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Old 03-26-2009, 03:48 AM   #1
MikeyLikesIt83
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Default Chocolate Oatmeal Stout

Im somewhat new to home brewing ive done alot of homework on all aspects of brewing and just finished a 5gal batch of double chocolate espresso porter that turned out awesome! It was a kit and so is the stout that im getting ready to brew tommorow. My question is has anyone expermented with steaping in extra oats on a oatmeal stout. Im deffiently going to steap in some chocolate grain but i was reading that to much oats can turn the beer very bitter? I love bitter beers nothing like a good hoppy bitterness but thats not what i was looking for in the stout! Let me know what you guys think. Thanks



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Old 03-26-2009, 04:33 AM   #2
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youd have to have a whole lot of oats to get an acrid flavor from them. ive used oats in excess on an oatmeal stout and it turned out fabulous. you can go overboard with anything, but oats, i think youll be fine with a touch extra.



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Old 03-26-2009, 01:24 PM   #3
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Are you doing extract or partial mash kits?

Oats need to be mashed to extract the fermentables from them. I don't think you gain anything from just steeping them.

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Old 03-26-2009, 02:57 PM   #4
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if you use rolled oats, which are pre-gelatanized, you can steep them. im pretty sure anyway.

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Old 03-26-2009, 03:01 PM   #5
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Without mashing you'll have a lot of starch from the oats, even pre-gelatanized as far as I know. That's one thing that made me go AG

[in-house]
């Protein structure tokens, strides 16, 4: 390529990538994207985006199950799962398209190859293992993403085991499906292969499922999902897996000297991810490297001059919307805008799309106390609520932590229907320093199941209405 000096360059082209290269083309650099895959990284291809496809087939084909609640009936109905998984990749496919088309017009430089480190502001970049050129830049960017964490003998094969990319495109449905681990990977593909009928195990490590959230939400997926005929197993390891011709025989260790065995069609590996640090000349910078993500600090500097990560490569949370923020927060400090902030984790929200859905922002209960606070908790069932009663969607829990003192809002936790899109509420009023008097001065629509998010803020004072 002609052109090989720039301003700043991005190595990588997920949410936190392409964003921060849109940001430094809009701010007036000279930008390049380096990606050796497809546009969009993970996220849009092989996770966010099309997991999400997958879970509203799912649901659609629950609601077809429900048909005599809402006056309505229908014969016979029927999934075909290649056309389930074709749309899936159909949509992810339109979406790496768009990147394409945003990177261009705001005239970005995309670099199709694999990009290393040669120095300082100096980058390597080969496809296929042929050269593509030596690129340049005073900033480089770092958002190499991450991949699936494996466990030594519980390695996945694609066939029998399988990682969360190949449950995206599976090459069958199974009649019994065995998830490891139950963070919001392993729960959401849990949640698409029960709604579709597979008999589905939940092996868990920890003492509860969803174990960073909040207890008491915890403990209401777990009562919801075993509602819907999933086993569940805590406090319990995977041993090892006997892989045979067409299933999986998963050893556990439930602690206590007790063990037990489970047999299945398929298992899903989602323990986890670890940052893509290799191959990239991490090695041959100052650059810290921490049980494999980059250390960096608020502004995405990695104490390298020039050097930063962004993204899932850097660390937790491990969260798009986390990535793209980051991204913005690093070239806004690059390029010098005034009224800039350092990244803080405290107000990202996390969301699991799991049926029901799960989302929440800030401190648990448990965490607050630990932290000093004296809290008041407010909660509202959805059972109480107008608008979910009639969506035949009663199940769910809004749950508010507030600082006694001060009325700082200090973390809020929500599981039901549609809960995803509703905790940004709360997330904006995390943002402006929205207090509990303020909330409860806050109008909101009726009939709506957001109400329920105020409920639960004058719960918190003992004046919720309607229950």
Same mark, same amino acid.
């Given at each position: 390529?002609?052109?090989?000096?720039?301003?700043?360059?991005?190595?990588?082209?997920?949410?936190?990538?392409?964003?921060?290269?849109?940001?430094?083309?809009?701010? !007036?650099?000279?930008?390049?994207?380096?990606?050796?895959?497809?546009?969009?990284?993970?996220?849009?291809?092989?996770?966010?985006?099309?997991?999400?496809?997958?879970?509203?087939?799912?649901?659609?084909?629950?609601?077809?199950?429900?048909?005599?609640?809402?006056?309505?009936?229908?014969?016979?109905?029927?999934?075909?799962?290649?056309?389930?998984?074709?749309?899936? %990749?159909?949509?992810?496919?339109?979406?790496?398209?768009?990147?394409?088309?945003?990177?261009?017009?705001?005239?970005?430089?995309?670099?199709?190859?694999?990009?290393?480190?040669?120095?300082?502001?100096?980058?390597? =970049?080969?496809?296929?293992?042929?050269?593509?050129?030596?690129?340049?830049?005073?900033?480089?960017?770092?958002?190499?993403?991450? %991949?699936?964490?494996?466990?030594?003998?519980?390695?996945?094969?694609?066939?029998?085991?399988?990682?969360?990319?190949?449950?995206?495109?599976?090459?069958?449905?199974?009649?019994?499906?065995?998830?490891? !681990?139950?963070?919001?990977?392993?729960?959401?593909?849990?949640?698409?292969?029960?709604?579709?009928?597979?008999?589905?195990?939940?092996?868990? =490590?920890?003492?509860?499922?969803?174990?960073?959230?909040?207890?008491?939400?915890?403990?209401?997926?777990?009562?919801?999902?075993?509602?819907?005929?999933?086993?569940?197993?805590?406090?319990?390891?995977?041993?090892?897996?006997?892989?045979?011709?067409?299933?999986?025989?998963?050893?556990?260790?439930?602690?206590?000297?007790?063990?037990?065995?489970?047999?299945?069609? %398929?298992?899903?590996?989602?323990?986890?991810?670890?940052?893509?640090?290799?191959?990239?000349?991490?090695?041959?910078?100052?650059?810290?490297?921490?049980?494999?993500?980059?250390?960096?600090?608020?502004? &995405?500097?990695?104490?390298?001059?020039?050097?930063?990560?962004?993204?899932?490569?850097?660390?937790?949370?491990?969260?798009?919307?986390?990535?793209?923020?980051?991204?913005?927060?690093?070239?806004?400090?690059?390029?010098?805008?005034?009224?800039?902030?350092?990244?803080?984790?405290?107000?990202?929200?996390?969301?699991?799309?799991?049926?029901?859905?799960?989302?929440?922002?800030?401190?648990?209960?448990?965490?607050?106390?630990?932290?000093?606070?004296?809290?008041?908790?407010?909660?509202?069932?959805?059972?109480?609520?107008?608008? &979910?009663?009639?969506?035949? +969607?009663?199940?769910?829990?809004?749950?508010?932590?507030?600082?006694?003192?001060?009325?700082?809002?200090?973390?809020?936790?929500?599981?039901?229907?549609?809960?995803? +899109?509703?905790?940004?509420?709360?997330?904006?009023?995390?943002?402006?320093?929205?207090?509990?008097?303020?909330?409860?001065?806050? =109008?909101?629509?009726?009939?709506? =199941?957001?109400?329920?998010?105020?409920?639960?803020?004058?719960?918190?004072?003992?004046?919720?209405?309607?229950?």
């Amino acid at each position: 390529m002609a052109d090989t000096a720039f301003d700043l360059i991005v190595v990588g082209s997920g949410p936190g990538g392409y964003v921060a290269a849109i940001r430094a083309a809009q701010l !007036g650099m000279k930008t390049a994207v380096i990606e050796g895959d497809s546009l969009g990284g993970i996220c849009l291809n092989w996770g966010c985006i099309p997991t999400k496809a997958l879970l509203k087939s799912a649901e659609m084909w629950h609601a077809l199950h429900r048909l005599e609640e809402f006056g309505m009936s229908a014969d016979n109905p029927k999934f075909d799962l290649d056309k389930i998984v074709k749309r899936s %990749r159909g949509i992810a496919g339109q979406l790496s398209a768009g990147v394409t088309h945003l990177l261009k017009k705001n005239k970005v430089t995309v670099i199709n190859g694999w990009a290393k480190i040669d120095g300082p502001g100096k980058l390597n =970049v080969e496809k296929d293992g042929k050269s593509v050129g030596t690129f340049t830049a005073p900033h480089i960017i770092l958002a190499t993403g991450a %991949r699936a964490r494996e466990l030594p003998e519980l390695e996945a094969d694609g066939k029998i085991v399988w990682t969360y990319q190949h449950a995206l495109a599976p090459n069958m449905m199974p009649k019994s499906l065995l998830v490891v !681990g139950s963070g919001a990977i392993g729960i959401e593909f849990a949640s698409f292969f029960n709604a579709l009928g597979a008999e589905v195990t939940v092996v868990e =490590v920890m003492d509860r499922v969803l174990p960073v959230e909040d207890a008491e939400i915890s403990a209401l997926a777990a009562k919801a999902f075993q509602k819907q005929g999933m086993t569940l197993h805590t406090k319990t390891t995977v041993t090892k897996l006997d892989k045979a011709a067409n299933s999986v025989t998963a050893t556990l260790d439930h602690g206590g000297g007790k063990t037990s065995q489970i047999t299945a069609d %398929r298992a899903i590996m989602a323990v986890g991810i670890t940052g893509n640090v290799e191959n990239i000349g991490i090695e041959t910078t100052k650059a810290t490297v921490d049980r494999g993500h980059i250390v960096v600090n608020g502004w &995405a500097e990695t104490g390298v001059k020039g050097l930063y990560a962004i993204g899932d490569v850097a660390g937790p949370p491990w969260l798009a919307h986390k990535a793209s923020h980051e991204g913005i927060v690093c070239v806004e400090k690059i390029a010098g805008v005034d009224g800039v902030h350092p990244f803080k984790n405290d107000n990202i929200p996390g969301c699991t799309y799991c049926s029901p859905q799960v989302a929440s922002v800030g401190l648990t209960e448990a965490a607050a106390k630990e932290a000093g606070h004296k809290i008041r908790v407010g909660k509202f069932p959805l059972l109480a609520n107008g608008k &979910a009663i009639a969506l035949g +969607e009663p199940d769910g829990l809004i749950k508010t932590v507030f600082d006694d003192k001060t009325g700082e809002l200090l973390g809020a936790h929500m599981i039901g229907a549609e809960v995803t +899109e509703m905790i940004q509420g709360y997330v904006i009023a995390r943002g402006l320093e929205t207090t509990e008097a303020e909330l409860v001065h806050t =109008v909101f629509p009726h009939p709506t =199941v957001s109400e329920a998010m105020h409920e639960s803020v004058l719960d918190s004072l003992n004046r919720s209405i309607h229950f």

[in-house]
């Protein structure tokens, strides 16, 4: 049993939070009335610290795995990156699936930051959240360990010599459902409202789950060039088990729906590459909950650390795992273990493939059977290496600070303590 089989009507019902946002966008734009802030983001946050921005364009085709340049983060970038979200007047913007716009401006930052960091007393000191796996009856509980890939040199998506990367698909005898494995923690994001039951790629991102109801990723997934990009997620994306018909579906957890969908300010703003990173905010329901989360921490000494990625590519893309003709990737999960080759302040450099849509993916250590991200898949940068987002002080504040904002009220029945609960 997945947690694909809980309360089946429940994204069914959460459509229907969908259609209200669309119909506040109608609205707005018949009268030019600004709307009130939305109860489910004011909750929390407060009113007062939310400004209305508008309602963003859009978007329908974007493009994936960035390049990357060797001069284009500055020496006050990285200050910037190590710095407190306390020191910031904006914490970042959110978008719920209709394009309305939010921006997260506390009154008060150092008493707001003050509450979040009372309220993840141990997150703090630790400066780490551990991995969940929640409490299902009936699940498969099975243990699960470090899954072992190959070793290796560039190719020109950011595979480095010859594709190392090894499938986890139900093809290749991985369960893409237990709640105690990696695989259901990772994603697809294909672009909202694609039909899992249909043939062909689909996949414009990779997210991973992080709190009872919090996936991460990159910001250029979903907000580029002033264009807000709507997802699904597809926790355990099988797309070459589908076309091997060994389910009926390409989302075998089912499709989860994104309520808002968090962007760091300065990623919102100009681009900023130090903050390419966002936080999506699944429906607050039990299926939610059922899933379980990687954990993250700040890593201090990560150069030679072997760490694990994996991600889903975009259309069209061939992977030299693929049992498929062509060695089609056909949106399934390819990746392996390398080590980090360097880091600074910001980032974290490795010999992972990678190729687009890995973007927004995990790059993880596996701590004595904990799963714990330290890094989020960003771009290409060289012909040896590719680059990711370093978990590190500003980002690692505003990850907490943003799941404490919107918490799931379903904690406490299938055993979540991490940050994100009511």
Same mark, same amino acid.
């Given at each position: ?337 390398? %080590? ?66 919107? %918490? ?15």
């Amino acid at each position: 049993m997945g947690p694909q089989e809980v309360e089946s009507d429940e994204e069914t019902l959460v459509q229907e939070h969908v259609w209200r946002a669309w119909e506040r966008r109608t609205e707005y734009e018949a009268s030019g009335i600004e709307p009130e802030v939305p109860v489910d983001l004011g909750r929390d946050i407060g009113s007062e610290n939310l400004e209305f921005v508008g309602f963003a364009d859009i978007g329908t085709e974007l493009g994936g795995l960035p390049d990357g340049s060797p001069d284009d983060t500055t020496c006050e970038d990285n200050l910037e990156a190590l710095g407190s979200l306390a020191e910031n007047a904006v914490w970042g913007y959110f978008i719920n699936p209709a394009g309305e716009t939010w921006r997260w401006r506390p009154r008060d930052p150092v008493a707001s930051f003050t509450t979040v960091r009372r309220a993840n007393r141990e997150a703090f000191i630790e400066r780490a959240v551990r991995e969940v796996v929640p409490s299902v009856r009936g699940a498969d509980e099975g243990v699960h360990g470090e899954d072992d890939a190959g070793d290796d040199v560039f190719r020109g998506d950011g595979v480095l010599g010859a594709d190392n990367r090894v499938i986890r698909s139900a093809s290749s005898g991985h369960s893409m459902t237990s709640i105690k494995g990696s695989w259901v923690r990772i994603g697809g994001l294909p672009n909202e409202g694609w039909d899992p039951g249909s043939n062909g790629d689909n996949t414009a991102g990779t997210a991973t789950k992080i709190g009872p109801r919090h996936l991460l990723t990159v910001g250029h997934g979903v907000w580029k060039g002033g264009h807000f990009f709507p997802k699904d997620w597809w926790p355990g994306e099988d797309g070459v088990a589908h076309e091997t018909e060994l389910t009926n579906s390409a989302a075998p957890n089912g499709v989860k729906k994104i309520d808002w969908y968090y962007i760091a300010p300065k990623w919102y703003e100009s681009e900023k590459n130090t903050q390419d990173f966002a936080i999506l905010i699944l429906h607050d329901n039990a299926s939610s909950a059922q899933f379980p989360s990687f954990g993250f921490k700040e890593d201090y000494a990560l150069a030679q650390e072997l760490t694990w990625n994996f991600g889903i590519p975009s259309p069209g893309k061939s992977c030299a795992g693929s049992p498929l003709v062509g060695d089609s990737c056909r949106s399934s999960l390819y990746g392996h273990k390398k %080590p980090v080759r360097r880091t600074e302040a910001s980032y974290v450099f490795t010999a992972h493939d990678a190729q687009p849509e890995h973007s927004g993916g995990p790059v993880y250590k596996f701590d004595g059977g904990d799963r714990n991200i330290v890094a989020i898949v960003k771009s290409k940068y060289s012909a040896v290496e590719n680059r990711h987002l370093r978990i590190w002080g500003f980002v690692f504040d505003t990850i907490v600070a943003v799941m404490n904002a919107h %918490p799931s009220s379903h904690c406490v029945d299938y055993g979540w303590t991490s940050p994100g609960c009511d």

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Old 03-26-2009, 03:27 PM   #6
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Quote:
Originally Posted by brewmasterpodunkarizona View Post
if you use rolled oats, which are pre-gelatanized, you can steep them. im pretty sure anyway.
If you use rolled or flaked out you don't need to do a cereal mash (cooking them beforehand), but they still need to be mashed just like all the other base grains. But pre-gelatanized or not, if you want more then just a bunch of starch they need to be mashed.

If you want to add more oats, just add some 2 row to the steeping grains also and hold it at ~154 degrees for an hour. Small partial mashes aren't all that much harder then the extract + steeping grain method.

Also, to answer your initial question about bitterness, I don't think there is any way that oats would contribute a bitter flavor. That's probably more from people going overboard with the roasted grains or bittering hops or a combination thereof.
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Old 03-26-2009, 05:57 PM   #7
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I think extra chocolate malt would be more prone to give you excess bitterness than extra oats.

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Old 03-26-2009, 09:04 PM   #8
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Thanks for the input guys ill have to check on what oats i have at home before i steep them. I asked the guy at the brew shop about putting in the extra oats and i took what he gave me. He did not say anything about having the do a mash on them. Ill keep everyone up to date on how the stout turns out. Thanks again!

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Old 03-27-2009, 02:44 AM   #9
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So we just finished up brewing, everything went well except for my brew buddy broke the grain bag!!!!!!! What a mess! So we ran it threw a filter as we normally do when we transfer from the brew kettle to the 6.5 gal carboy but im a little concerned about the about grain being in the kettle the whole time we brewed. has anyone ever had this happen to them and how did the beer turn out?

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Old 03-30-2010, 08:17 PM   #10
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I think its going to be a bit of a problem actually; once you steep grains at 170+ F, or for longer than half an hour or so, they start to release a lot of the tannic/astringent flavors from the grain hulls. If you boiled it for an hour after steeping, then yeah you're gonna get a lot of that going on, sorry man.

Just call it "Her Majesty's Earl Grey Oatmeal Chocolate Stout" and people will think it was intentional...



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